St. Francis College welcomed poet John Guzlowski for a conversation with English Professor Gregory F. Tague about his new book Echoes of Tattered Tongues on April 13, 2016.
Born in a refugee camp in Germany after World War II, Guzlowski came to America with his family as a Displaced Person in 1951. His parents had been Polish slave laborers in Nazi Germany during the war. Growing up in the tough immigrant neighborhoods around Humboldt Park in Chicago, he met hardware store clerks with Auschwitz tattoos on their writs, Polish cavalry officers who still mourned for their dead horses, and women who had walked from Siberia to Iran to escape the Russians. In much of his work, Guzlowski remembers and honors the experiences and ultimate strength of these voiceless survivors.
Guzlowski's most recent book (coming March 2016) is Echoes of Tattered Tongues: Memory Unfolded (Aquila Polinica Publishing). The book is a major tour de force in which Guzlowski traces the arc of one of the millions of immigrant families of America, in this case, survivors of the maelstrom of World War II. Professor Tague will engage in a conversation with John Guzlowski about this book and his life as a writer recounting the experiences of his parents' trials during and after the war.
Charles Adès Fishman, editor of Blood to Remember: American Poets on the Holocaust, says this about Guzlowski's Echoes of Tattered Tongues: "A wonderful book and a very important one. Unwaveringly lucid and luminous. Extraordinary." And Kelly Cherry, Poet Laureate of Virginia calls Echoes of Tattered Tongues "Deeply moving. A powerful, lasting, and sometimes shocking book. Superb."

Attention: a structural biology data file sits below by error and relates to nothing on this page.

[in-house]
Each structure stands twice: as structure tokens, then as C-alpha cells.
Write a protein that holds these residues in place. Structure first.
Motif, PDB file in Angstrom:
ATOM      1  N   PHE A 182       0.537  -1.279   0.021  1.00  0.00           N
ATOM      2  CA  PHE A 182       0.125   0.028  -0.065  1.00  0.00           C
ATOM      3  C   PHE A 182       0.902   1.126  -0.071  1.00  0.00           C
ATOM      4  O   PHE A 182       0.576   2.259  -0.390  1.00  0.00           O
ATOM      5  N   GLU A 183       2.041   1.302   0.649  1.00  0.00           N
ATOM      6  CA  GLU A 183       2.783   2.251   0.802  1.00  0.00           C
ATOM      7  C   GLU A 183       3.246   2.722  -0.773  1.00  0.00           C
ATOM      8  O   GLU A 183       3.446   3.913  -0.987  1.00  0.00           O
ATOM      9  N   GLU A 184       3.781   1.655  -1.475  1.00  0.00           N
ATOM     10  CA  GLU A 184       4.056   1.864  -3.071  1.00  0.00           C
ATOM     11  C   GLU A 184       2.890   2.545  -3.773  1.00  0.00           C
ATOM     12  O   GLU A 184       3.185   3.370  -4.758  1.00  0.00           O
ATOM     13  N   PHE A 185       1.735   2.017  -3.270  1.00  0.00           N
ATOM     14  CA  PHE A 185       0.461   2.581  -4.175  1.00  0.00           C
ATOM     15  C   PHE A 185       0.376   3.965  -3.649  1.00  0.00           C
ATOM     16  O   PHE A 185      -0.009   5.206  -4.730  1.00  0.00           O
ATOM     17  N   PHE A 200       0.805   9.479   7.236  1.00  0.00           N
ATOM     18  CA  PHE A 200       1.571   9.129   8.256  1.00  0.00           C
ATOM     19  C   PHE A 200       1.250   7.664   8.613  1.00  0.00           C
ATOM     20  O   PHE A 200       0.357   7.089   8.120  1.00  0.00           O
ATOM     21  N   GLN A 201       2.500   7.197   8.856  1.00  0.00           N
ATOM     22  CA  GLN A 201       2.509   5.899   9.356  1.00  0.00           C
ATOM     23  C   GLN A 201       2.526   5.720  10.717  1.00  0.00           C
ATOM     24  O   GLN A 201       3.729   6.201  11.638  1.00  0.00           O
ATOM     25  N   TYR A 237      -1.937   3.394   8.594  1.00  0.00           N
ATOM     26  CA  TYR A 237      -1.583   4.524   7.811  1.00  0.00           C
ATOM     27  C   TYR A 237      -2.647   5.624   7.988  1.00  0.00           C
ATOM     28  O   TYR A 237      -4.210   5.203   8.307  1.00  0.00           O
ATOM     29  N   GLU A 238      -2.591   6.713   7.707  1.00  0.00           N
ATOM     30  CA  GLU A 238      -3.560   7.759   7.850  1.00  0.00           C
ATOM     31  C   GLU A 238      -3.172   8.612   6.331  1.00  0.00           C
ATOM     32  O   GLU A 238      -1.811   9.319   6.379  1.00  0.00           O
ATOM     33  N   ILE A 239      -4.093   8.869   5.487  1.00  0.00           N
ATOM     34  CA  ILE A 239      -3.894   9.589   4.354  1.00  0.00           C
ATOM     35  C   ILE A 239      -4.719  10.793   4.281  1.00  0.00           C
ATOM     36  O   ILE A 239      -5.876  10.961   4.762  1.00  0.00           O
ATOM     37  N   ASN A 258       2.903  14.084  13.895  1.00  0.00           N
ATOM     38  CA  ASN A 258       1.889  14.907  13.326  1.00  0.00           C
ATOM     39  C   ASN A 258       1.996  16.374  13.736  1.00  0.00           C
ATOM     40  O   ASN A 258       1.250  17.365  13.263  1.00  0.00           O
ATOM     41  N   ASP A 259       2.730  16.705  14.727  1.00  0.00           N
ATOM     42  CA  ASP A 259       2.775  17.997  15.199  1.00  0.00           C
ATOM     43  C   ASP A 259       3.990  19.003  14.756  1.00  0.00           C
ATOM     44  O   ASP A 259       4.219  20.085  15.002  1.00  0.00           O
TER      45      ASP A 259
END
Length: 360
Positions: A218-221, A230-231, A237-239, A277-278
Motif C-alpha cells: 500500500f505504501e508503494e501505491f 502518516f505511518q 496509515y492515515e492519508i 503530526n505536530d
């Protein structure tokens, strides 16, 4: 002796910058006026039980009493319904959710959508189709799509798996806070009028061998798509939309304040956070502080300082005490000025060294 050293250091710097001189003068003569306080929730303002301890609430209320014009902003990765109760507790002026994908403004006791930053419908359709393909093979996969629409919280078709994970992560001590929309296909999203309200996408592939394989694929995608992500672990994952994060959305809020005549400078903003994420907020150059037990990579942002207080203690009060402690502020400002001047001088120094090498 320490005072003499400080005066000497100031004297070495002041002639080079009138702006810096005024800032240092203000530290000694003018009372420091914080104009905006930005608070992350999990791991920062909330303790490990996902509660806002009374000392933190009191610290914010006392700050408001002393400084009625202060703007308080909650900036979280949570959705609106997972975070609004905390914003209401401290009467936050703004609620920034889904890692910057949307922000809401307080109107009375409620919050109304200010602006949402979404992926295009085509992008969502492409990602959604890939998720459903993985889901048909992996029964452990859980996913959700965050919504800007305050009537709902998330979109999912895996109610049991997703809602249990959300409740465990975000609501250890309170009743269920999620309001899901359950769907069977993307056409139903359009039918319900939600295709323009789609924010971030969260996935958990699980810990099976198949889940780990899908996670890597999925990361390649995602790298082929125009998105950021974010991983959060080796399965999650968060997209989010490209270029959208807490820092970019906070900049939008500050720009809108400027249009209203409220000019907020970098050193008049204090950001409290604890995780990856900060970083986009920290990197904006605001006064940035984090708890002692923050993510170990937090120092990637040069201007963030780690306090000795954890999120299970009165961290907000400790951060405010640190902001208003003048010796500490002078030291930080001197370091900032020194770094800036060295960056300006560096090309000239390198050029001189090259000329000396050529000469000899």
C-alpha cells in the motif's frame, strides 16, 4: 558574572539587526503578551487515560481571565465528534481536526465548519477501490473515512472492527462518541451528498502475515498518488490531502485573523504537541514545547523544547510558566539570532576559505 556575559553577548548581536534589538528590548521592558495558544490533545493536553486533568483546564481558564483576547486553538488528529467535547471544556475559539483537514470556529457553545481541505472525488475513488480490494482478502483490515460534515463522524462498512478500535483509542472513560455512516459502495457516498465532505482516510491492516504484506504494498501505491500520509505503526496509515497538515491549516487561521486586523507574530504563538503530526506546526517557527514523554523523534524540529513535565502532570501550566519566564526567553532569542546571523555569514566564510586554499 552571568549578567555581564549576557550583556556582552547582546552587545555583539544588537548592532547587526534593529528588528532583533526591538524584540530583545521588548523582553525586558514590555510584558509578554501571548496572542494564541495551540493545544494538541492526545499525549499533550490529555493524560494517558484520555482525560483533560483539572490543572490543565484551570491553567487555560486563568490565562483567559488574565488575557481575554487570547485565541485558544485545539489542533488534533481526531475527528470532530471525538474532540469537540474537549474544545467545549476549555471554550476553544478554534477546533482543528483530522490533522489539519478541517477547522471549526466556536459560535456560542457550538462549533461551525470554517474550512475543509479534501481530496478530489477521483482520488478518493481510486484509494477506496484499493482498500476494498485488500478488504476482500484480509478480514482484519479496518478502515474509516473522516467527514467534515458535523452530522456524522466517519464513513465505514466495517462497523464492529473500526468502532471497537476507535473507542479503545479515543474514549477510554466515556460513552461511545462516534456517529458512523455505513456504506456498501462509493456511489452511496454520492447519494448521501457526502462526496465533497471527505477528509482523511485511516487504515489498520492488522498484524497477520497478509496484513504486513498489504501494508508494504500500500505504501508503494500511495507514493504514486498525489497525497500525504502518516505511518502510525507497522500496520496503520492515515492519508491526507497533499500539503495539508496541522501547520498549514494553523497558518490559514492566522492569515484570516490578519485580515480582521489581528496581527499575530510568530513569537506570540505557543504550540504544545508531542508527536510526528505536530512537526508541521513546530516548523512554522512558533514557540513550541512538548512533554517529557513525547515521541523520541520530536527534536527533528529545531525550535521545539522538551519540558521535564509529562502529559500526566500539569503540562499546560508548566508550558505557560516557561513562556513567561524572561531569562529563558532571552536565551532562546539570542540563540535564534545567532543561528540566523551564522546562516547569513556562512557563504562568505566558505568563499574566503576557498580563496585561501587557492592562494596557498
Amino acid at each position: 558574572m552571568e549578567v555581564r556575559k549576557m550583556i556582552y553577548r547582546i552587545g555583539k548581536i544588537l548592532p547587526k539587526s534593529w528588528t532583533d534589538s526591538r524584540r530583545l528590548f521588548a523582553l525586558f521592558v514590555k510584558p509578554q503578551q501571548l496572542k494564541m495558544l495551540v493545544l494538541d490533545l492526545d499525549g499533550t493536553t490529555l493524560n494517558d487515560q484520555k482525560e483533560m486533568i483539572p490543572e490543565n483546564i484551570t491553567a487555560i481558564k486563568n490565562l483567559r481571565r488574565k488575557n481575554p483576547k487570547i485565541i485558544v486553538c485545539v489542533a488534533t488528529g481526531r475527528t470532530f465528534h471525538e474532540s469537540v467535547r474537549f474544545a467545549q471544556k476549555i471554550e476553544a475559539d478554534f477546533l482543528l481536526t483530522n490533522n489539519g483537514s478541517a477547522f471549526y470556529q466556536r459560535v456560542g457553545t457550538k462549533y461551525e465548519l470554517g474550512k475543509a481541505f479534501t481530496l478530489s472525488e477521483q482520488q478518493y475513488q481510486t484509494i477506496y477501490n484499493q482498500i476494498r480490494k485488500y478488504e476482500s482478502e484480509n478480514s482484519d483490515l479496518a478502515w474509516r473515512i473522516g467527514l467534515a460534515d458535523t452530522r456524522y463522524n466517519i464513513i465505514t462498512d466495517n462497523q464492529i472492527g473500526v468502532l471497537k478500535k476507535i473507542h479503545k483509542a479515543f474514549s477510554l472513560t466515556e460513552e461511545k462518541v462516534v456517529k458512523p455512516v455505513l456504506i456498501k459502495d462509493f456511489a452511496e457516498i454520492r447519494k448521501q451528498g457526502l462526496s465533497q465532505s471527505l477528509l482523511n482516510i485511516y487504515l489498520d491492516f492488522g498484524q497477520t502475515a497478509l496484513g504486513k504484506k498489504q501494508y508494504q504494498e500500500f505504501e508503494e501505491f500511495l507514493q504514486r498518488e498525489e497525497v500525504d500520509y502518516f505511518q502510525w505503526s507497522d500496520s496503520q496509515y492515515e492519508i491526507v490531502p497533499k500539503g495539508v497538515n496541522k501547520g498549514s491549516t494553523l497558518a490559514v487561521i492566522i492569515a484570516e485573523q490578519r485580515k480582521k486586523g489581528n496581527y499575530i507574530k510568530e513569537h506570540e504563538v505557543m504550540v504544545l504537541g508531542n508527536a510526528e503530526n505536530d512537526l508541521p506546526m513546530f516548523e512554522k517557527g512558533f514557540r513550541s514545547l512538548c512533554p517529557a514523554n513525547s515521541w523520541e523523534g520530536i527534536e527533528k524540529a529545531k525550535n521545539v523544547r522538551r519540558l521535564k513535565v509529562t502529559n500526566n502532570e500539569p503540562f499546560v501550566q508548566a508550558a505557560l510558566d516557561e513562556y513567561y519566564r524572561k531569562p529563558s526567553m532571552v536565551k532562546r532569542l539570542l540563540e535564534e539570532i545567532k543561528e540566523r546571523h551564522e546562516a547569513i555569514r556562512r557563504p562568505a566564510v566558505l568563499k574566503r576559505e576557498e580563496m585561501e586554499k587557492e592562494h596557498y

Over a writing career that spans more than 40 years, John Guzlowski has amassed a significant body of published work in a wide range of genres: poetry, prose, literary criticism, reviews, fiction and nonfiction. His poems and stories have appeared in such national journals as North American Review, Ontario Review, Rattle, Chattahoochee Review, Atlanta Review, Nimrod, Crab Orchard Review, Marge, Poetry East, Vocabula Review. Garrison Keillor read Guzlowski's poem "What My Father Believed" on his program, The Writers Almanac. And Nobel Laureate Czeslaw Milosz wrote, concerning Guzlowski's poetry book Language of Mules, "Exceptional...even astonished me. Reveals an enormous ability for grasping reality."
Winner of the Illinois Arts Council's $7,500 Award for Poetry, Guzlowski has also been short-listed for the Bakeless Award and Eric Hoffer Award, and nominated for the Pulitzer Prize and four Pushcart Prizes. He has been honored by the Georgia State Commission on the Holocaust for his work.
Watch a trailer of the book here:
Read Professor Tague's review of Echoes of Tattered Tongues here: http://www.ebibliotekos.com/2015/12/refugees-and-r...
Sponsored by the Department of English and the Polish Cultural Institute New York.